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Taking Responsibility for Children

Edited by Robert Noggle & Samantha Brennan
Subjects Social Science, Child Studies, Philosophy, Ethics, Law, Child Advocacy
Series Studies in Childhood and Family in Canada Hide Details
Paperback : 9781554580156, 210 pages, December 2007
Ebook (PDF) : 9781554580736, 210 pages, December 2007

Table of contents

Table of Contents for Taking Responsibility for Children, edited by Samantha Brennan and Robert Noggle
INTRODUCTION Taking Responsibility for Children | Robert Noggle and Samantha Brennan
ONE Raising Children: Who Is Responsible for What? | Colin M. MacLeod
TWO Parental Responsibility | Jan Narveson
THREE Children, Caregivers, Friends | Amy Mullin
FOUR Parent Licensing and the Protecting of Children | Mark C. Vopat
FIVE Responsibility and Children’s Rights: The Case for Restricting Parental Smoking | Samantha Brennan and Angela White
SIX Political Liberalism and Moral Education: Reflections on Mozart v. Hawkins | Marc Ramsay
SEVEN Education in a Liberal Society: Implications of Ross | Waren Wendling
EIGHT Could There Be a Right Not to Be Born an Octuplet? | Laura M. Purdy
Notes on Contributors
Colin M. Macleod is Associate Professor in the Department of Philosophy and the Faculty of Law at the University of Victoria. He is the author Liberalism, Justice and Markets (OUP 1998) and co-editor with David Archard of The Moral and Political Status of Children (OUP 2002).
Amy Mullin is Professor of Philosophy at the University of Toronto. She is the author of Reconceiving Pregnancy and Childcare (Cambridge 2005), along with articles in feminist philosophy, the history of philosophy, and aesthetics. She has three children.
Jan Narveson is Distinguished Professor Emeritus of the University of Waterloo, after teaching there for more than forty years. He is the author of The Libertarian Idea, Respecting Persons in Theory and Practice, Moral Matters, and various others. He is the father of three and devotes a lot of his life to organizing chamber music concerts.
Laura M. Purdy received a PhD from Stanford University and is Professor of Philosophy and Ruth and Albert Koch Professor of Humanities at Wells College, where she has been based since 1979. Her areas of specialization are applied ethics, primarily bioethics, reproductive ethics, family issues, and feminism. She is author of In Their Best Interest? The Case against Equal Rights for Children and Reproducing Persons: Issues in Feminist Bioethics and co-editor of Feminist Perspectives in Medical Ethics (with Helen B. Holmes), Violence against Women: Philosophical Perspectives (with Stanley French and Wanda Teays), Embodying Bioethics: Recent Feminist Advances (with Anne Donchin), and Bioethics, Justice, and Health Care (with Wanda Teays), as well as many articles.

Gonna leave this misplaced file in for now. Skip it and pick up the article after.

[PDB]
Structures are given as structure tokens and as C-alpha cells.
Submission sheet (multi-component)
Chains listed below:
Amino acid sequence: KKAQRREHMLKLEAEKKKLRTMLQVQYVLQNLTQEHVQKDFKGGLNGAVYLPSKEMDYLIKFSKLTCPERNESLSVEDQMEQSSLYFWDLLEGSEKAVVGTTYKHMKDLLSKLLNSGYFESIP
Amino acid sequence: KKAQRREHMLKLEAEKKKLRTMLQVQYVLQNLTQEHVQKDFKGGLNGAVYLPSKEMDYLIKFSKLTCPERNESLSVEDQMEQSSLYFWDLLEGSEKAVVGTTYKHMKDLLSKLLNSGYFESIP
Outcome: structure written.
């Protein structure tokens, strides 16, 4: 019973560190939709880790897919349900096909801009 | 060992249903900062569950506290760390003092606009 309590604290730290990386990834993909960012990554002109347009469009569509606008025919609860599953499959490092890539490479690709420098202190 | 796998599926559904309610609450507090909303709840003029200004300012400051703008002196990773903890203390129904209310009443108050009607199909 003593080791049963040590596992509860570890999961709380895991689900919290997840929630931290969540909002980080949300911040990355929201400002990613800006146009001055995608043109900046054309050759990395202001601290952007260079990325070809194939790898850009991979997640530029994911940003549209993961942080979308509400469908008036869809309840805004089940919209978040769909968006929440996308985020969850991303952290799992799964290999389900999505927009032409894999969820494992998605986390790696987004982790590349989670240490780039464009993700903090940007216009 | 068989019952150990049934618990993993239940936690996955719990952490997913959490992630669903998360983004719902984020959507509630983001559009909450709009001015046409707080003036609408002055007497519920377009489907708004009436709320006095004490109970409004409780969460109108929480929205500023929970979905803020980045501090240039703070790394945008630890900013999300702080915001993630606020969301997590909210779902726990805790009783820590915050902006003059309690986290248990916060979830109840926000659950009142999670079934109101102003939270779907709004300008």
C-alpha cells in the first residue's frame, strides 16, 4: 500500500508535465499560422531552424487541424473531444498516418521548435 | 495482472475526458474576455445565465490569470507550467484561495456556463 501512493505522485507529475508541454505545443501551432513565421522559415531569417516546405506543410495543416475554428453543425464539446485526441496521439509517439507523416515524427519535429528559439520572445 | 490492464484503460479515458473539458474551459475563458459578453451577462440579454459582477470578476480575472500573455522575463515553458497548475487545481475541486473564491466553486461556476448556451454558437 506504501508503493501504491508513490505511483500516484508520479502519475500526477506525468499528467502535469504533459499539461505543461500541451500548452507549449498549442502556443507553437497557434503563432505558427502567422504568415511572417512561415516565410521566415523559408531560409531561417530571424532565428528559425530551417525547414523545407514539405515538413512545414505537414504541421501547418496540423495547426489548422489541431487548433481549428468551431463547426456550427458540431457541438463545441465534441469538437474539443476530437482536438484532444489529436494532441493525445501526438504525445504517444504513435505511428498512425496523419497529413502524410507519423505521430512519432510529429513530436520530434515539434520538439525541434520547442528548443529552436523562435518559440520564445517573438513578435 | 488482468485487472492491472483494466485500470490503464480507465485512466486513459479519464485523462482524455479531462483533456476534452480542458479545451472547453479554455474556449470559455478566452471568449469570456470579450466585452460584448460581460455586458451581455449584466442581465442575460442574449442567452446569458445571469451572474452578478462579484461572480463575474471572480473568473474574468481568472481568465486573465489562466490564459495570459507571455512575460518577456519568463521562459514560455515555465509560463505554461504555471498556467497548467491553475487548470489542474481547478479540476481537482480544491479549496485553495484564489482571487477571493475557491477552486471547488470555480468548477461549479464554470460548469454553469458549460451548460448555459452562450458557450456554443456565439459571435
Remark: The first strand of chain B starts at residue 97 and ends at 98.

Marc Ramsay is Assistant Professor in the Department of Philosophy at Acadia University. In addition to children’s rights, his current research interests include the role of the harm principle in constitutional law and the relevance of religious beliefs to the law of torts.
Mark C. Vopat is Assistant Professor of Philosophy at Youngstown State University in Youngstown, Ohio. His research interests are in moral and political philosophy, particularly in the areas of children's rights, education, distributive justice, and justice and technology. He has written recently on issues of justice, religion, and a child's right to an education, as well as on issues in professional ethics. His homepage can be found at
Karen Wendling is Associate Professor of Philosophy at the University of Guelph in Guelph, Ontario. Most of her publications are on egalitarianism, broadly conceived. She also has a long-standing interest in the political development of children from unfree and unequal subjects into free and equal citizens.
Angela White is a doctoral student in Philosophy at the University of Western Ontario. Her research interests are in political philosophy and social justice, health care ethics, and feminist ethics. She has published and presented work on ethical issues related to reproductive technologies, particularly in vitro fertilization and human embryo stem cell research. Her homepage is at


What do we as a society, and as parents in particular, owe to our children? Each chapter in Taking Responsibility for Children offers part of an answer to that question. Although they vary in the approaches they take and the conclusions they draw, each contributor explores some aspect of the moral obligations owed to children by their caregivers. Some focus primarily on the responsibilities of parents, while others focus on the responsibilities of society and government.
The essays reflect a mix of concern with the practical and the philosophical aspects of taking responsibility for children, addressing such topics as parental obligations, the rights and entitlements of children, the responsibility of the state, the role and nature of public education in a liberal society, the best ways to ensure adequate child protection, the licensing of parents, children’s religious education, and children’s health. Taking Responsibility for Children will be of interest to philosophers, advocates for children’s interests, and those interested in public policy, especially as it relates to children and families.